My Beer Smells Like Wet Cardboard
Just like with wine, beer can taste awful when it is not right.
The other day my partner and I tasted a pint of German pilsner that he had ordered, which tasted slightly strange so we began to question it’s quality. The wet cardboard flavour made the pint difficult to shyly sip away at, regardless of how thirsty he was and how tempting the glass looked.
I suppose if it had been the third or fifth pint we would have been none the wiser but this was the first after a long day at work with a picturesque backdrop of sunshine reflecting on the river that just demanded a refreshing cold one.
As we looked around we realised that no one was drinking the beer that we had just ordered so always being the optimists, we thought it would be nice to try something different.
It turns out that no one else was drinking this beer for a pretty good reason….
Once we had confirmed that the beer was bad and more precisely, smelt like wet cardboard and musty warehouse, we thought about the probable cause being that it was the first pour of the day, again, because no one seemed to have the same.
Nevertheless, after a bit of research, it turns out that there could have been an abundance of problems with this sad pint.
What’s Wrong With My Pint?
Most flaws in beers won’t be detectable by the manufacturer because they happen in between the brewing and storage phase, a time where most brewers have declared their beer as tip-top and ready for consumption. This means that it’s mostly up to the restaurant or pub to detect such flaws, or in some unfortunate cases (like ours), the customer, after a keg has skipped a crucial step of being tasted by someone who knows their grapefruit from their cabbage.
Here are some of the common flaws that can cause an ‘off’ flavour in your beer:
Acetaldehyde – a compound present in almost all beers due to the fermentation process of turning yeast and starches into alcohol, although not so welcome once it’s manifested into undrinkably high levels and starts to taste like sharp, green apple.
Butyric acid – Unlike the very acceptable acetaldehyde compound, butyric acid is not welcome in any quantity. It is created by a bacterial infection that is either developed through brewing or poor sanitation in the packaging process and smells charmingly like, baby sick.
Diacetyl – In the wine world, this buttered popcorn flavour is usually a charming addition to a full-bodied chardonnay, however, in the beer world this compound is almost always recognised as a flaw. This is often a bi-product of a bacterial infection although can sometimes arise if the brewing process is cut short.
Dimethyl Sulphide – Also known as DMS, this signature flavour of cabbage and canned corn can sometimes be welcomed in pilsners, although can be considered a flaw when experienced in pale malts. DMS’ are released when malt is at the boiling stage of brewing and can be boiled off, however, if the liquid isn’t chilled quickly enough, it can start to build again and linger.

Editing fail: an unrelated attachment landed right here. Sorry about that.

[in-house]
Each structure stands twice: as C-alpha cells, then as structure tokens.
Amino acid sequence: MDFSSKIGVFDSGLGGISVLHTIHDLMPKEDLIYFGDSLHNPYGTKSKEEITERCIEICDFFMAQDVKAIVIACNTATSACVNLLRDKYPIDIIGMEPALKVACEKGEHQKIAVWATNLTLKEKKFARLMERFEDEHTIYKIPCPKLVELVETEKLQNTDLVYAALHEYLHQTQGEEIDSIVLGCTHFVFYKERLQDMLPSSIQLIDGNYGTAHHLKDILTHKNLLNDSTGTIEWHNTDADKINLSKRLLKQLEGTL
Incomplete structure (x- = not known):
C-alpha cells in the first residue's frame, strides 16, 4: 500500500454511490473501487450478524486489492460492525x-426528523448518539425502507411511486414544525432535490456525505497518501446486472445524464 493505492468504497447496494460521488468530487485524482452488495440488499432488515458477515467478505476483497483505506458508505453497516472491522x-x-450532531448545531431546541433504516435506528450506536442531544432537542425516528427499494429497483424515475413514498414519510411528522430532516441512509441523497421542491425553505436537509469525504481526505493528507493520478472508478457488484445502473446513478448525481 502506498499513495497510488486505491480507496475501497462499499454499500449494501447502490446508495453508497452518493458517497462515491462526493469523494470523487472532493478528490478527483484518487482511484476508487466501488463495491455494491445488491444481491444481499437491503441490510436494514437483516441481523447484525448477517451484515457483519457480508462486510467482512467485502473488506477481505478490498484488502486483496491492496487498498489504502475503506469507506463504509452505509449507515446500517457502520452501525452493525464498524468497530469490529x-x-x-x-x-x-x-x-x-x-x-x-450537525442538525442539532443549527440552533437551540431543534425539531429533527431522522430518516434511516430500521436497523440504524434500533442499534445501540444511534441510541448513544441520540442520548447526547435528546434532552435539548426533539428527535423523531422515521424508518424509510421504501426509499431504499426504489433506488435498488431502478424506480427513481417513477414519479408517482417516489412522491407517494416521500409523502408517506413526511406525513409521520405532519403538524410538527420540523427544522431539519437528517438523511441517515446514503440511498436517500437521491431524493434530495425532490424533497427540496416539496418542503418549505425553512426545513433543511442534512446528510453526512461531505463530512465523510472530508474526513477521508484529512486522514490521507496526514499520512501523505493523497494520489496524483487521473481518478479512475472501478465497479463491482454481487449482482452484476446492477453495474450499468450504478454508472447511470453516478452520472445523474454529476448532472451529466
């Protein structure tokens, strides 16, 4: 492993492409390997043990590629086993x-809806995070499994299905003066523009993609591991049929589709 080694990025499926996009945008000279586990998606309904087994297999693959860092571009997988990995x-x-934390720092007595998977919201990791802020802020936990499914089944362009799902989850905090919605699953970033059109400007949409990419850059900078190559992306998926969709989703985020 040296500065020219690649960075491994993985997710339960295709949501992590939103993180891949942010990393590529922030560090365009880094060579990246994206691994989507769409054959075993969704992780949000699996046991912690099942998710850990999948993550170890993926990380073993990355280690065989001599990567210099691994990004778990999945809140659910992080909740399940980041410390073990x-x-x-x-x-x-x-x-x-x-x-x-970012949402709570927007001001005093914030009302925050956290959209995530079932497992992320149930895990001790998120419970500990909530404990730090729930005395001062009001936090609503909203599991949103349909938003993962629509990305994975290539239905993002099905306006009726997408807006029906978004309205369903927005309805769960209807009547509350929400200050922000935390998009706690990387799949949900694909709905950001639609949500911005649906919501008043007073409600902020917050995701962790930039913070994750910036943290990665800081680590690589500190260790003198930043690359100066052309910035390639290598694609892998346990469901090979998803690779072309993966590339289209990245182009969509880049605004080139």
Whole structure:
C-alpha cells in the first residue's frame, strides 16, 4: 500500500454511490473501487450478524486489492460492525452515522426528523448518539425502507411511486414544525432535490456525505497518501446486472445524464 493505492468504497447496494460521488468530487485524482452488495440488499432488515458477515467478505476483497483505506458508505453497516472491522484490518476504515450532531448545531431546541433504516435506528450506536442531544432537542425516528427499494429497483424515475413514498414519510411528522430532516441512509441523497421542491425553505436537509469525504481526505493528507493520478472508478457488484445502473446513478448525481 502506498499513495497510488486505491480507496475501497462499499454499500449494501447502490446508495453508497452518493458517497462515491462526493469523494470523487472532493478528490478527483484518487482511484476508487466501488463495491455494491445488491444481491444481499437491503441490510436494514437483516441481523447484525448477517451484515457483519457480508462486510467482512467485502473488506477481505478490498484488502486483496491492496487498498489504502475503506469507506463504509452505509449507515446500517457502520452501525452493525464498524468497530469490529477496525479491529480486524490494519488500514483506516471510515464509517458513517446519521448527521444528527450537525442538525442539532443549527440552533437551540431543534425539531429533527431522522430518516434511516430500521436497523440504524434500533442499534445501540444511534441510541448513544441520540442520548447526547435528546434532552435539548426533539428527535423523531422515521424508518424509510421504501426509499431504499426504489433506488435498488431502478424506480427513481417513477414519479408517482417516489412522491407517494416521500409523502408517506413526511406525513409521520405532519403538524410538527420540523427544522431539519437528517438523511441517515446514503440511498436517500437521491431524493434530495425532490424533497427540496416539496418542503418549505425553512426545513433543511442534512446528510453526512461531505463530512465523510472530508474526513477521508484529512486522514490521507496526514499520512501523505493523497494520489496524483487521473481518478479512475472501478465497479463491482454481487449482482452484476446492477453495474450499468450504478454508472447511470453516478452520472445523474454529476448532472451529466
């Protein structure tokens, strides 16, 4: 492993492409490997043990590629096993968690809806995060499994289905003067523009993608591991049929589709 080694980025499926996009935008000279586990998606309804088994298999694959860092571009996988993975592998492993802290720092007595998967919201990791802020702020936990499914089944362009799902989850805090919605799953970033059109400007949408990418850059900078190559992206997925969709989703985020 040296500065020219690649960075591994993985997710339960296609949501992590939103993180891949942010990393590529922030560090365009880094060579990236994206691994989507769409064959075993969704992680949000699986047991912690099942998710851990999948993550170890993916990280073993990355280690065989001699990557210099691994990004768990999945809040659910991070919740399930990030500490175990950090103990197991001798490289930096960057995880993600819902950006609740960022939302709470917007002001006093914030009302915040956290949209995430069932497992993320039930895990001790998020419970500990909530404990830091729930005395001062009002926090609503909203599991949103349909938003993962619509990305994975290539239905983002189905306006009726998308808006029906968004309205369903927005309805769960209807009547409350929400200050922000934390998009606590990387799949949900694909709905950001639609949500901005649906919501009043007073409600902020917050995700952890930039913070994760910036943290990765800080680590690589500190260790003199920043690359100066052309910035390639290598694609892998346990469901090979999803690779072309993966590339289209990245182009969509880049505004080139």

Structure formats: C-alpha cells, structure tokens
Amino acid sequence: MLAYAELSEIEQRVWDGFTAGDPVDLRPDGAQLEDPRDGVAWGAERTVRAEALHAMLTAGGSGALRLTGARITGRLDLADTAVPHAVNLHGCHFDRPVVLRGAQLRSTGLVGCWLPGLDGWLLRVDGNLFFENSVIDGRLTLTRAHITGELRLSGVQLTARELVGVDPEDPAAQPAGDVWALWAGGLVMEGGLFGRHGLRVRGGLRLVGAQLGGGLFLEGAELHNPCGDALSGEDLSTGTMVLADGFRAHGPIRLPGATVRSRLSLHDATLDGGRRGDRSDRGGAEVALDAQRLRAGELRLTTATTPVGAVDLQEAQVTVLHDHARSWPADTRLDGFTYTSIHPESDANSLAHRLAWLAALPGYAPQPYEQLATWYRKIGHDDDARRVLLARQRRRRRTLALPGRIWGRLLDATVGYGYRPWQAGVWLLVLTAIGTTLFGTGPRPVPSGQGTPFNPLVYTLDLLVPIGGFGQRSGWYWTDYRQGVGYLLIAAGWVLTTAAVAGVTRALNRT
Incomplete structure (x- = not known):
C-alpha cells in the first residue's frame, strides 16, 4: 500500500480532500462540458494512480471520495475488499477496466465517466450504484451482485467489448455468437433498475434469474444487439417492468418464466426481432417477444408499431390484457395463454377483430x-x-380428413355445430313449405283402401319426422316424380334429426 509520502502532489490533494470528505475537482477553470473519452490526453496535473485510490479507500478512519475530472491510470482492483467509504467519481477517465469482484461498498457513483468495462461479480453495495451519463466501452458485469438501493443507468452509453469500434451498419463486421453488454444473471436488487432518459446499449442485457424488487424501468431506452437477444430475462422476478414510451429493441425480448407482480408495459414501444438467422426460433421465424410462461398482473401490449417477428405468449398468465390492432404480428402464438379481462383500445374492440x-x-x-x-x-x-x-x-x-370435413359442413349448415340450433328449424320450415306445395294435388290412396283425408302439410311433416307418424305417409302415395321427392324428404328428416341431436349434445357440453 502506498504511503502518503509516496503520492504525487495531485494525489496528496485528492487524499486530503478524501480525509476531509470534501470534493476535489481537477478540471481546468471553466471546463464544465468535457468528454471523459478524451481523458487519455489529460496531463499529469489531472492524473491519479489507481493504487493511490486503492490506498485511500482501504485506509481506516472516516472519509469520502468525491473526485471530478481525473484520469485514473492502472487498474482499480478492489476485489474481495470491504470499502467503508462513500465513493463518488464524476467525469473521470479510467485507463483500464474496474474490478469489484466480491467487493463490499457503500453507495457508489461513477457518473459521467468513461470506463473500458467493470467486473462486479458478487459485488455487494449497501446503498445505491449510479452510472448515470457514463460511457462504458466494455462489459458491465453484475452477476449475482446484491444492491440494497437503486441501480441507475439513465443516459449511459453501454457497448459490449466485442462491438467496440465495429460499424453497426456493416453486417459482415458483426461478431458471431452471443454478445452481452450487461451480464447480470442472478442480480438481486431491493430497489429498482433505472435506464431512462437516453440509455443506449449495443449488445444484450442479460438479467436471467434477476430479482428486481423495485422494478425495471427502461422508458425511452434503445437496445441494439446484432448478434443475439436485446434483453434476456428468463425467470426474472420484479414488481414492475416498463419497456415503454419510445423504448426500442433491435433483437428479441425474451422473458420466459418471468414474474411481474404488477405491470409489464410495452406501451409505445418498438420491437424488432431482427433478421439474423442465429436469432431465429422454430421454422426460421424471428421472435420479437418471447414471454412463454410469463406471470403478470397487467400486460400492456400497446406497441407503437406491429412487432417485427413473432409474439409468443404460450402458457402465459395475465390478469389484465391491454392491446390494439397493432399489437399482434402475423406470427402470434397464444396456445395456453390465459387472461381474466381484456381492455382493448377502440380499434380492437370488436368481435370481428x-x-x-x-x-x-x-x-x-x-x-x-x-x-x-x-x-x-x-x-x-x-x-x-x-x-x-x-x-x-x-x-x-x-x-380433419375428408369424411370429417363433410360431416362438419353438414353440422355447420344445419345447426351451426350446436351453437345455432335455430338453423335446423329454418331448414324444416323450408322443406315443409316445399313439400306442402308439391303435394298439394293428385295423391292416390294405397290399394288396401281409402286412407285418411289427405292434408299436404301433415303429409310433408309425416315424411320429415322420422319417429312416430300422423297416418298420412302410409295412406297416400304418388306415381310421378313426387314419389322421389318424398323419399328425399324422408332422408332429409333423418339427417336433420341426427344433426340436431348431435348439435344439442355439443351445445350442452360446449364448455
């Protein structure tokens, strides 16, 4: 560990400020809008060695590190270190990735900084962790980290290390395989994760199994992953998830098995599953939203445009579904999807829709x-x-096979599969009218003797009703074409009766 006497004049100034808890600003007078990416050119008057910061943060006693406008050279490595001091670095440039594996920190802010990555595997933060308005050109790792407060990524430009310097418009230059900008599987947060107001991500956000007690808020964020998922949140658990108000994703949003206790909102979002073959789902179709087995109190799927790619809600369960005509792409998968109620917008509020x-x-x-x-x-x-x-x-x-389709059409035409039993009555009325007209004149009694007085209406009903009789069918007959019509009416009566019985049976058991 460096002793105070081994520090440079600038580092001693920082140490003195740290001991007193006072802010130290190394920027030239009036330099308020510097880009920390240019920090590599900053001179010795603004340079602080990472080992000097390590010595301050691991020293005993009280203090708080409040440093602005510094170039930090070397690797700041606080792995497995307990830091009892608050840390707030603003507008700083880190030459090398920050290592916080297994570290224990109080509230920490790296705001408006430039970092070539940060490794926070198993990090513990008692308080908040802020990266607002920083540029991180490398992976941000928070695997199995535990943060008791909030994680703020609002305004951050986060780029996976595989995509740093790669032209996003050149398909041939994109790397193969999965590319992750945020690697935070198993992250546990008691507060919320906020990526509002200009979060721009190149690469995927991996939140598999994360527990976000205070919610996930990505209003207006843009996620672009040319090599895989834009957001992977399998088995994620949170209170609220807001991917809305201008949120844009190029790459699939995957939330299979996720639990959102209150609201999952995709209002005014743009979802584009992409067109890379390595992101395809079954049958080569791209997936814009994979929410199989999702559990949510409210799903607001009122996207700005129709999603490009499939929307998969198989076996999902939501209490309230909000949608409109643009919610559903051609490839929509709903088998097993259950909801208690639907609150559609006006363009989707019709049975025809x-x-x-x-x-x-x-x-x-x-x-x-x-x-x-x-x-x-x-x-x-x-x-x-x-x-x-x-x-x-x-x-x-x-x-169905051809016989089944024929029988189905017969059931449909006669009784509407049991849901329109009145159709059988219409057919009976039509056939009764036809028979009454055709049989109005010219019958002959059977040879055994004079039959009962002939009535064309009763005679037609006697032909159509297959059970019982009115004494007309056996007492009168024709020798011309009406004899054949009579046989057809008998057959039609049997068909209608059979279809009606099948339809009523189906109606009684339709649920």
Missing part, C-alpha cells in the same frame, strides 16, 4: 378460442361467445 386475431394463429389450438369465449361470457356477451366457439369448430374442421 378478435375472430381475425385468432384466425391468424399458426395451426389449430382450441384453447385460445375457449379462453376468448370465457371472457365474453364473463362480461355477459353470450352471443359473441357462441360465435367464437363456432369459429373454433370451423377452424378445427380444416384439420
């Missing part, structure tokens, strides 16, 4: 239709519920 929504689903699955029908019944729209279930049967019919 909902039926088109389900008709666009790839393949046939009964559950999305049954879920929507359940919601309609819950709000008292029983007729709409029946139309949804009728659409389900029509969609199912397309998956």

Hydrogen sulphide – The presence of this compound usually indicates poor yeast health and might make your beer taste like rotten eggs. Nevertheless, it is always produced in early larger fermentation but then carried out of the liquid by carbon dioxide bubbles, only if it lingers around will this compound lead to a rotten result.
Mercaptan – Since this compound is one of the main chemicals responsible for bad breath and farts, you definitely don’t want to be finding it in your beer…It is, however, found in almost all beers at low levels, although will become more pronounced during the second fermentation if too many yeast cells kill themselves off. You’ll be able to recognise too much mercaptan as a skunky, rotten vegetable odour, which won’t make you sick but might put you off drinking for a while…
Metallic – Some beers might taste like you’ve licked a copper coin or an open wound, in which case, the metallic components in the brewery have affected its flavour. This might be the easiest of flaws to handle, although you might still want to try another beer if you want maximum enjoyment out of your pint.
Oxidation – Voila, finally, the reason my boyfriend’s beer tasted like wet cardboard was oxidization! Oxygen will always be present in small amounts in beer, however, brewers try to avoid it’s presence as much as possible to keep a fresh flavour. The reason a beer might be oxidized could be down to the way it was stored, since higher temperatures and being left too long without being rotated will cause this flaw.
So that’s it, the beer we had ordered was oxidised, case closed.
Nevertheless, many bad pints slip through the net undetected simply because people choose to just accept that this ‘off’ flavour is how it might, probably, could, maybe, taste…
The truth is that if you’ve looked forward to a pint all day and can’t enjoy it once it’s in your hands then, I hate to break it to you, but you’re the one who’s at fault. Many pubs and restaurants would be happy to accept your feedback and might even discontinue the sale of a beer if they can also confirm the flaw, but it’s just not very British to complain about something as humble as a pint.
Getting served a bad beer will most commonly happen if you choose a pint that isn’t frequently sold, (like we did the other week) so if you want to play it safe then go with what everyone else is having.
If you’re up for a bit of adventure though, then don’t be put off by the newest label on tap, ask for a taste first and if you detect something wrong then don’t be afraid to use your new knowledge on beer flaws.